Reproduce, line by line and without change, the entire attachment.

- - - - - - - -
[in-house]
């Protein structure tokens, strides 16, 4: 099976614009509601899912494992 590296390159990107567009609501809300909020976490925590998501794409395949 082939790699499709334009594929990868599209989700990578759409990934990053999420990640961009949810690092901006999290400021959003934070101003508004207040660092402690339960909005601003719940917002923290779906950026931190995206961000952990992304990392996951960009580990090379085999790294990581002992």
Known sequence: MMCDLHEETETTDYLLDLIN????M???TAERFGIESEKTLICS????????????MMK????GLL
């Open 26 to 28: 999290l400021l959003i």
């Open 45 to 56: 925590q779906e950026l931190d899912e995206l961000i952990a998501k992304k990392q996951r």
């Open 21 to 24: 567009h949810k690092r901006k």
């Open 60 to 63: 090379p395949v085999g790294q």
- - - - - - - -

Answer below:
[in-house]
């Protein structure tokens, strides 16, 4: 099976614009509601899912494992 590296390159990107567009609501809300909020976490925590998501794409395949 082939790699499709334009594929990868599209989700990578759409990934990053999420990640961009949810690092901006999290400021959003934070101003508004207040660092402690339960909005601003719940917002923290779906950026931190995206961000952990992304990392996951960009580990090379085999790294990581002992």
Known sequence: MMCDLHEETETTDYLLDLIN????M???TAERFGIESEKTLICS????????????MMK????GLL
């Open 26 to 28: 999290l400021l959003i």
């Open 45 to 56: 925590q779906e950026l931190d899912e995206l961000i952990a998501k992304k990392q996951r």
């Open 21 to 24: 567009h949810k690092r901006k």
């Open 60 to 63: 090379p395949v085999g790294q």